Research Shows Noise Impacts Hearing More Rapidly Than Aging
Over the past forty years the greatest joy of our business is providing the gift of better hearing. Difficulty hearing is one of the most common conditions among older adults. Many people make lifestyle adjustments rather than seek help. With the new advances in technology now is an ideal time to consider an evaluation. At Hopco Hearing Center, we have made a commitment to professional service, quality products and low prices. Here are some factors to keep in mind:
Choice - There are over 200 manufacturers we can service. Everyone's hearing loss and lifestyle is different... So we offer a wide variety.
Follow-up - All aids come with a 60 day trial... We see you weekly during this time to assure your adjustments and the aids adjustment are satisfactory.
Continued Education - Every year we attend conventions and manufacturer seminars to keep up the latest fitting news and technology. We are members of nationally accredited American Speech and Hearing Association, American Academy of Audiologists and the International Hearing Society.
The two most common types of hearing loss are caused by aging and exposure to excessive noise. In both cases, the hairs or nerve cells in the cochlea that are responsible for sending sound signals to the brain are progressively affected.
When the hairs or nerve cells become damaged or missing, the electrical brain signals are not transmitted effectively and sounds are not processed as well. At this point, it may be difficult to recognize words in the presence of background noise and higher pitched tones often become muffled.
Despite similarities in the effects of age- and noise-related hearing loss, however, a new study from the Society for Neuroscience has found that these two conditions impact sound processing in the brain on different timescales. The research suggests that each type of hearing loss should have its own unique treatment.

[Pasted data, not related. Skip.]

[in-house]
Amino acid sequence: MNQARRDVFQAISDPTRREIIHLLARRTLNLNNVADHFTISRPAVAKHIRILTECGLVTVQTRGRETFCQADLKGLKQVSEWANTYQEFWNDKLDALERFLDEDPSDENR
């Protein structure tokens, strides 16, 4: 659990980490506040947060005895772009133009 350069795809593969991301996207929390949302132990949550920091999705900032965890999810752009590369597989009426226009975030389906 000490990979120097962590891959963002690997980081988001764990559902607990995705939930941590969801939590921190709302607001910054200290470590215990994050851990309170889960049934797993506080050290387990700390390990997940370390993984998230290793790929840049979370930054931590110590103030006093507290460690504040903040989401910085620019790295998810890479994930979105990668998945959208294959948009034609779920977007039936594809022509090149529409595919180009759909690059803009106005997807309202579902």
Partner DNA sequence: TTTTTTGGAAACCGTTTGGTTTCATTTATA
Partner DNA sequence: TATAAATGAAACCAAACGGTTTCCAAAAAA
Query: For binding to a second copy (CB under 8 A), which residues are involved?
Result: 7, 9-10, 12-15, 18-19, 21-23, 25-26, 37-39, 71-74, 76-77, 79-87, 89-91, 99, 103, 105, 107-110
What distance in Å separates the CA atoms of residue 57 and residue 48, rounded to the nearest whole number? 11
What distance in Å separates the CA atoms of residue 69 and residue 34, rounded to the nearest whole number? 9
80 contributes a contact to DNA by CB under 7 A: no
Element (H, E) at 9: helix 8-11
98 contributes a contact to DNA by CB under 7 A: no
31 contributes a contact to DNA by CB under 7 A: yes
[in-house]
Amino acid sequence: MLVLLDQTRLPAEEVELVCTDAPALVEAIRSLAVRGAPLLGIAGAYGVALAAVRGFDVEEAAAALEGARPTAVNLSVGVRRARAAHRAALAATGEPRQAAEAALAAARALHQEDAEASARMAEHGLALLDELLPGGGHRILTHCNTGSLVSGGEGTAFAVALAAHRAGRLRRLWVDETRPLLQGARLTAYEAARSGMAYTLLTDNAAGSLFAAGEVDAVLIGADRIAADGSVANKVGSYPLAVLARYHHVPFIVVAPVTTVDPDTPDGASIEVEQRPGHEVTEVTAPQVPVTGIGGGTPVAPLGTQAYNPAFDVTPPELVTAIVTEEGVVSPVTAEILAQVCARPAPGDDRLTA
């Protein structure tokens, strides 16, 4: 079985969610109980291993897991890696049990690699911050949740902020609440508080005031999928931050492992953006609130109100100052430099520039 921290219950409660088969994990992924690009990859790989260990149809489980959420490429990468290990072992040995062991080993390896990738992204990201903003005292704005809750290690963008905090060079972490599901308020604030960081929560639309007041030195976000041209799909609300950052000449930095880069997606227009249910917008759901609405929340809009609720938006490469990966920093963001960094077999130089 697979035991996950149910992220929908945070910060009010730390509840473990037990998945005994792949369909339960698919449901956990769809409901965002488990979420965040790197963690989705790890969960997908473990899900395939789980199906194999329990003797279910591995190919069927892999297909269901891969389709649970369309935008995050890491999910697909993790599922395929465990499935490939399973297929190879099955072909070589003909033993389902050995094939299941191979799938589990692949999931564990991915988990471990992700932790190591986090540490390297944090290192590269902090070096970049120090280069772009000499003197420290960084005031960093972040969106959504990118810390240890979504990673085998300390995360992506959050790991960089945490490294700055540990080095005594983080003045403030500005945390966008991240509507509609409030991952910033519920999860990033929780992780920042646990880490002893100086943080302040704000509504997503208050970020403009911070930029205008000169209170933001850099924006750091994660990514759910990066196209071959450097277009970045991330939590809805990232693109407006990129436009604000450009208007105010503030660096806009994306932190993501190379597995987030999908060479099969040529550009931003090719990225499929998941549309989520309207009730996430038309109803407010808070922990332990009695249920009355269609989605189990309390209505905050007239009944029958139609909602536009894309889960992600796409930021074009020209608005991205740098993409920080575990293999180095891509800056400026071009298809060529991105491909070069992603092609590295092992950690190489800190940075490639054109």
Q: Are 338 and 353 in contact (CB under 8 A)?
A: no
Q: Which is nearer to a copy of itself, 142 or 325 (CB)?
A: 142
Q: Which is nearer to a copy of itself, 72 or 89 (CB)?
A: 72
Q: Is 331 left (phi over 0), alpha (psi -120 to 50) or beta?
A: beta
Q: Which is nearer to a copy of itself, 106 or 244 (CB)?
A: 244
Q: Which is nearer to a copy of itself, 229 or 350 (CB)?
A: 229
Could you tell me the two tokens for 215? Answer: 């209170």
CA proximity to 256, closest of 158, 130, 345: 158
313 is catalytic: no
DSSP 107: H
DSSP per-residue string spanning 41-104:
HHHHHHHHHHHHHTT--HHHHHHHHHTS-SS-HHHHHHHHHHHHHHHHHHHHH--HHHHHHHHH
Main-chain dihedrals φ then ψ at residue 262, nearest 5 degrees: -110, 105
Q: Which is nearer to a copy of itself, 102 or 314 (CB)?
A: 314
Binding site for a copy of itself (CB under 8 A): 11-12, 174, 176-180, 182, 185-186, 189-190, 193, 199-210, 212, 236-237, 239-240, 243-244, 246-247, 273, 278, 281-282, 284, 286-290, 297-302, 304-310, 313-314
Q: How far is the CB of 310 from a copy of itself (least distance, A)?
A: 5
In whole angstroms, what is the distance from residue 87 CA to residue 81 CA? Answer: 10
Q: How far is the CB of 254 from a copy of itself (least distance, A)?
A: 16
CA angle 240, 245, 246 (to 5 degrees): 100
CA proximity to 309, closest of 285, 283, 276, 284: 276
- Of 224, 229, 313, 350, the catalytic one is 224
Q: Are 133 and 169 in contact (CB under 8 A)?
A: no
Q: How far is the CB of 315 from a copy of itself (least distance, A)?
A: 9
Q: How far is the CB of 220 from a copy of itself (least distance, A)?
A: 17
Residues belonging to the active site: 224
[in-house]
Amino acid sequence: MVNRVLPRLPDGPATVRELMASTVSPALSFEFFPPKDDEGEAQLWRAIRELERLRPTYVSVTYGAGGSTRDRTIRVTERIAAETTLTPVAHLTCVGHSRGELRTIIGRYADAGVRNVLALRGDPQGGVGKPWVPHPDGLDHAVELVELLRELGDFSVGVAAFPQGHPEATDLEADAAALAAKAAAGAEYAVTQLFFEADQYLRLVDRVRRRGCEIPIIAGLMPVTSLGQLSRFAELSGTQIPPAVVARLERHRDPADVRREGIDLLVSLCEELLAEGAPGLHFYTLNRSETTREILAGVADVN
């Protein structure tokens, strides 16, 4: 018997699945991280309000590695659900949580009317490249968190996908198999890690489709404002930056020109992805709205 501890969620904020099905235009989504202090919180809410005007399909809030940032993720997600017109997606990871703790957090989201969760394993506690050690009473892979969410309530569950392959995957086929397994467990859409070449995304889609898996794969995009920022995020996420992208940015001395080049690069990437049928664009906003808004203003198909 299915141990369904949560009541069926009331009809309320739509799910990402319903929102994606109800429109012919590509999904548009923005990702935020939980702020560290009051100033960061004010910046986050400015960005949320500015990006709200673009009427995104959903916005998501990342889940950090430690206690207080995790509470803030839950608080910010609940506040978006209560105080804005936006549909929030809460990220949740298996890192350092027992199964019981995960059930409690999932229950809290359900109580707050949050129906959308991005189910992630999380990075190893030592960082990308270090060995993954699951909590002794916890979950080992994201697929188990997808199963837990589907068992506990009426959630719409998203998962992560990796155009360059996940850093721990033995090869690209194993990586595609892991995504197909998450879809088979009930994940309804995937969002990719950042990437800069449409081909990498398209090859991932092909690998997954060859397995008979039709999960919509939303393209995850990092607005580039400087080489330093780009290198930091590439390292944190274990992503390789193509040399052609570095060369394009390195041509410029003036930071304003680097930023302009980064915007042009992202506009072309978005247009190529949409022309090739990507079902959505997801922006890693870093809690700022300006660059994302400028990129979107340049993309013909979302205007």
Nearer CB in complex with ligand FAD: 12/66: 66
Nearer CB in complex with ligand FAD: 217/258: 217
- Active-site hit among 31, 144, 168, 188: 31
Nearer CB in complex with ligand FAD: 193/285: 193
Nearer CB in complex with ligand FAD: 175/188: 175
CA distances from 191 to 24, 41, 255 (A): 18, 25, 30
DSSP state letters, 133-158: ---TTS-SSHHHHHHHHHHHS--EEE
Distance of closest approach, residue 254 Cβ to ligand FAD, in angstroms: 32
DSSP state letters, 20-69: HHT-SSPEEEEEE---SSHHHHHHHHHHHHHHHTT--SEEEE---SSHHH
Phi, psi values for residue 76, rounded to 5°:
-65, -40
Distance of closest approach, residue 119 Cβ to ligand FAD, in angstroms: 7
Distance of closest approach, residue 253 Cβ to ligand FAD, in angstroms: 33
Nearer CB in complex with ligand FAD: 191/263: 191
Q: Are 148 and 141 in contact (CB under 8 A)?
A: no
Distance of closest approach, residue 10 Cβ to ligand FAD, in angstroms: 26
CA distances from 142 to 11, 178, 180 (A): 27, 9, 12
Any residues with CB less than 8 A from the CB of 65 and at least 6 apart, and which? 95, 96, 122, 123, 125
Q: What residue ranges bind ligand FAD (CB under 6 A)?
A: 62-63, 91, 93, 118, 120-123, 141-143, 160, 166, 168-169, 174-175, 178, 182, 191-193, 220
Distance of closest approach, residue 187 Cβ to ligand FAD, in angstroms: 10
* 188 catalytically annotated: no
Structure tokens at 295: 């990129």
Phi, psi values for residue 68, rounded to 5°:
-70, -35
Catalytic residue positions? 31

A research team led by Michael Heinz and Kenneth Henry set out to observe how the auditory nerve encodes sounds. The experts used a chinchilla model of age-related hearing loss, which is the traditional animal model for most types of research related to the ear. This is due to the fact that chinchillas have inner ear anatomy that is very similar to humans.
Next, the researchers compared their results to data from a chinchilla model of noise-induced hearing damage. They found that the same level of sound sensitivity loss caused more severe processing changes in the auditory nerve of chinchillas with noise-induced hearing loss compared to those with age-related hearing loss.
The study revealed that mild noise-induced hearing loss caused the same amount of processing impairment as moderate to severe age-related hearing loss. The findings emphasize the need for hearing-safety awareness, as well as for more customized treatments of hearing loss.